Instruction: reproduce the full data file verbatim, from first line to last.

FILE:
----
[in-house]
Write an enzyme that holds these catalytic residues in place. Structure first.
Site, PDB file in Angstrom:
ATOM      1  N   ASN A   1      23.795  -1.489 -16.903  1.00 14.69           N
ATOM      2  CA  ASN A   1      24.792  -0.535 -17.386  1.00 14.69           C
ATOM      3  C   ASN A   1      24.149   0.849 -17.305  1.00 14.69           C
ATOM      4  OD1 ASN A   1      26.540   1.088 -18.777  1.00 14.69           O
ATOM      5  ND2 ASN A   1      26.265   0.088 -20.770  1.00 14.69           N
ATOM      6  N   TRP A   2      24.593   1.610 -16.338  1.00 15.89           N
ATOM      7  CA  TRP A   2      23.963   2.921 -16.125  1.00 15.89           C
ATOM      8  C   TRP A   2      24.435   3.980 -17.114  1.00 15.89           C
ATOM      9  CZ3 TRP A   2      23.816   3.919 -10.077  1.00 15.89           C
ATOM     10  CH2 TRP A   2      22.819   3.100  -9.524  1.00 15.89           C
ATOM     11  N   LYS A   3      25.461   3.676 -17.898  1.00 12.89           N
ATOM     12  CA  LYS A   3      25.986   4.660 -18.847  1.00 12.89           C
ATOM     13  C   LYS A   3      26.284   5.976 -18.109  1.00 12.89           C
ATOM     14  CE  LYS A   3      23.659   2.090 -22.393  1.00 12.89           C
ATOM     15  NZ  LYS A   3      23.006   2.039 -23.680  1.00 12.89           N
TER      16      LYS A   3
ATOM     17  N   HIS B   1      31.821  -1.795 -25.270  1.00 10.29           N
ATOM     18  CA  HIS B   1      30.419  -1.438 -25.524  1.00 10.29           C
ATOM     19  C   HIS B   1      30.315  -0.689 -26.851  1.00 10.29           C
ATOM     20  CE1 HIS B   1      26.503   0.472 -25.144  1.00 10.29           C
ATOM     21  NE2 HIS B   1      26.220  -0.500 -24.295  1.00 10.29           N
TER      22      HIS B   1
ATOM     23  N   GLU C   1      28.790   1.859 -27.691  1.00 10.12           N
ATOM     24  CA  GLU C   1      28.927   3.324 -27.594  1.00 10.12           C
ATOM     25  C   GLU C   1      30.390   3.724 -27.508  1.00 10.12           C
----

[in-house]
Write an enzyme that holds these catalytic residues in place. Structure first.
Site, PDB file in Angstrom:
ATOM      1  N   ASN A   1      23.795  -1.489 -16.903  1.00 14.69           N
ATOM      2  CA  ASN A   1      24.792  -0.535 -17.386  1.00 14.69           C
ATOM      3  C   ASN A   1      24.149   0.849 -17.305  1.00 14.69           C
ATOM      4  OD1 ASN A   1      26.540   1.088 -18.777  1.00 14.69           O
ATOM      5  ND2 ASN A   1      26.265   0.088 -20.770  1.00 14.69           N
ATOM      6  N   TRP A   2      24.593   1.610 -16.338  1.00 15.89           N
ATOM      7  CA  TRP A   2      23.963   2.921 -16.125  1.00 15.89           C
ATOM      8  C   TRP A   2      24.435   3.980 -17.114  1.00 15.89           C
ATOM      9  CZ3 TRP A   2      23.816   3.919 -10.077  1.00 15.89           C
ATOM     10  CH2 TRP A   2      22.819   3.100  -9.524  1.00 15.89           C
ATOM     11  N   LYS A   3      25.461   3.676 -17.898  1.00 12.89           N
ATOM     12  CA  LYS A   3      25.986   4.660 -18.847  1.00 12.89           C
ATOM     13  C   LYS A   3      26.284   5.976 -18.109  1.00 12.89           C
ATOM     14  CE  LYS A   3      23.659   2.090 -22.393  1.00 12.89           C
ATOM     15  NZ  LYS A   3      23.006   2.039 -23.680  1.00 12.89           N
TER      16      LYS A   3
ATOM     17  N   HIS B   1      31.821  -1.795 -25.270  1.00 10.29           N
ATOM     18  CA  HIS B   1      30.419  -1.438 -25.524  1.00 10.29           C
ATOM     19  C   HIS B   1      30.315  -0.689 -26.851  1.00 10.29           C
ATOM     20  CE1 HIS B   1      26.503   0.472 -25.144  1.00 10.29           C
ATOM     21  NE2 HIS B   1      26.220  -0.500 -24.295  1.00 10.29           N
TER      22      HIS B   1
ATOM     23  N   GLU C   1      28.790   1.859 -27.691  1.00 10.12           N
ATOM     24  CA  GLU C   1      28.927   3.324 -27.594  1.00 10.12           C
ATOM     25  C   GLU C   1      30.390   3.724 -27.508  1.00 10.12           C